Articulation

What is articulation? 
Articulation is how speech sounds are produced. 

What sounds should children have mastered according to their ages?
Here are some common tools and charts used to display the development and mastery of speech sounds by age.

Speech and Articulation Development Chart
In the chart below, each solid bar indicates when children generally MASTER the specified sounds.  This chart depicts
a range of development and should only be used as a general guide.  
** Notice that there is a  quite a bit of range in which children may (or may not) develop the sound. For example, some children
 may produce the /r/ sound at 3 years of age; however, other children may develop the sound at 8 years of age and this is still 
considered developmentally appropriate.

      Girls   Boys

birth1 year2 years3 years4 years5 years6 years7 years8 years
  p,m,h,w,b      
  p,m,h,w,b      
  n      
  n      
   k      
   k      
   g      
   g     
   d      
   d      
   t     
   t      
   ing 
   ing 
    f      
    f      
    y     
    y    
    r 
    r 
    l    
    l   
    blends (st, pl, gr, etc.)    
    blends (st, pl, gr, etc.)    
    s 
    s 
     sh, ch   
     sh, ch  
     z 
     z 
     j   
     j  
     v    
     v    
      th (thumb)   
      th (thumb) 
      th (that)   
      th (that)  
       zh (measure) 
       zh (measure) 
                  
* Adapted from Sander JSHD 1972; Smit, et al JSHD 1990 and the Nebraska-Iowa Articulation Norms Project

Resource: ©2003 Talking Child, LLC     http://www.talkingchild.com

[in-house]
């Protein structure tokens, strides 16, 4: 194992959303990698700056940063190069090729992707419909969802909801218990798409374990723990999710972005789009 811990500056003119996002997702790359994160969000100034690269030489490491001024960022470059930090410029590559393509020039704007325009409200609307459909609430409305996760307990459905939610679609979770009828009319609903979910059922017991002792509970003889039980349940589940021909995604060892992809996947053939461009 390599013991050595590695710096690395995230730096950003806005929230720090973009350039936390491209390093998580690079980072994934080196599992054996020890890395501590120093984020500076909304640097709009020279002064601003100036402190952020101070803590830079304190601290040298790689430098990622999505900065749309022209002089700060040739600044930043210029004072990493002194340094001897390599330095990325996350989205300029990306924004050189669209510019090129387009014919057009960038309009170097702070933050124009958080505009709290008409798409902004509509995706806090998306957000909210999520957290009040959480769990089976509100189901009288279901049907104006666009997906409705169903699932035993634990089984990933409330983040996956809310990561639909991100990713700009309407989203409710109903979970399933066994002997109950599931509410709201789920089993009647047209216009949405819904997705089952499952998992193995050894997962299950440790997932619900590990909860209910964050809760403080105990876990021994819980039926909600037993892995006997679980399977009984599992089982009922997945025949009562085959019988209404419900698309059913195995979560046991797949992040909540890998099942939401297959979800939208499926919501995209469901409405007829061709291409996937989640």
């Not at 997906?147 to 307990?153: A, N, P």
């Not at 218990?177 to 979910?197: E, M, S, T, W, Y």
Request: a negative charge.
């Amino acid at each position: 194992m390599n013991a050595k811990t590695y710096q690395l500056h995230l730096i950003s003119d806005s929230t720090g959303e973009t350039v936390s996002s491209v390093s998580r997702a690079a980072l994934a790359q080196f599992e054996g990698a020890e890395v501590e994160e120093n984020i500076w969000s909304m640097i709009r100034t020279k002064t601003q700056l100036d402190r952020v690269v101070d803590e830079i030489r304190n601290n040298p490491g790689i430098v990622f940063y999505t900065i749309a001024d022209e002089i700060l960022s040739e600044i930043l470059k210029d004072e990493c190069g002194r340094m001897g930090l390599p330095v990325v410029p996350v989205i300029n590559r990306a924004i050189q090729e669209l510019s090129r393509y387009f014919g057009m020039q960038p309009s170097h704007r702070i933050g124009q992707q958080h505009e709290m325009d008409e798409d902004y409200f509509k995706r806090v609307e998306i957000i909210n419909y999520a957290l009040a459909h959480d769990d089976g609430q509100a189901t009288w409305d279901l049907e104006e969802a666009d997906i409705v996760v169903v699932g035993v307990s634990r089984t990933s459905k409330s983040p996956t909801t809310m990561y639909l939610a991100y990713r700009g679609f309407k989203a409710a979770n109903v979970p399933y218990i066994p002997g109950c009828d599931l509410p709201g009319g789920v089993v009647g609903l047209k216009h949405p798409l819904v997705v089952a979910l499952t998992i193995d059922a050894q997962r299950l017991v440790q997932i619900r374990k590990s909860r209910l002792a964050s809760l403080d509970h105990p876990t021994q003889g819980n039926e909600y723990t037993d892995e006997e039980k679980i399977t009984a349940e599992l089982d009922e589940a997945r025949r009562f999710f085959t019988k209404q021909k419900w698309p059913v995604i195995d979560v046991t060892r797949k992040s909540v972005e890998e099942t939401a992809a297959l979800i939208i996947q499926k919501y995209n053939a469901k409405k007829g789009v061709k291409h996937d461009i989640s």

Areas of the head/face involved in articulation:
This is a diagram of the mechanisms involved in articulation 



Articulation Practice:

I have created a variety of practice pictures for different articulation sounds using an iPad app called, Custom Boards.  Look below for the pdf's.  I will continue to add more as I create the 'boards'. To practice, have the child/student listen to your model of the word, then have the child produce the word. 

Clear Speech Strategies: Using a slower rate, saying all sounds in words (not omitting sounds), saying all words in sentences (not omitting words), using pauses between words, stopping/pausing between sentences, loud voice, etc.  All of these strategies can help increase overall speech clarity and intelligibility.  Here is one version of a cue card used in my therapy setting (can also be used in classrooms, lockers, at home, etc).
Look below to download this cue card.


Ċ
Jenny Callaway,
Oct 16, 2013, 1:39 PM
Ċ
Jenny Callaway,
Oct 16, 2013, 6:29 AM
Ċ
Jenny Callaway,
Oct 16, 2013, 6:29 AM
Ċ
Jenny Callaway,
Oct 16, 2013, 6:29 AM
Ċ
Jenny Callaway,
Oct 16, 2013, 6:29 AM
Ċ
Jenny Callaway,
Oct 16, 2013, 6:29 AM
Ċ
Jenny Callaway,
Oct 16, 2013, 6:29 AM
Ċ
Jenny Callaway,
Oct 16, 2013, 6:29 AM
Ċ
Jenny Callaway,
Oct 16, 2013, 6:29 AM
Ċ
Jenny Callaway,
Oct 16, 2013, 6:29 AM
Ċ
Jenny Callaway,
Oct 16, 2013, 6:30 AM
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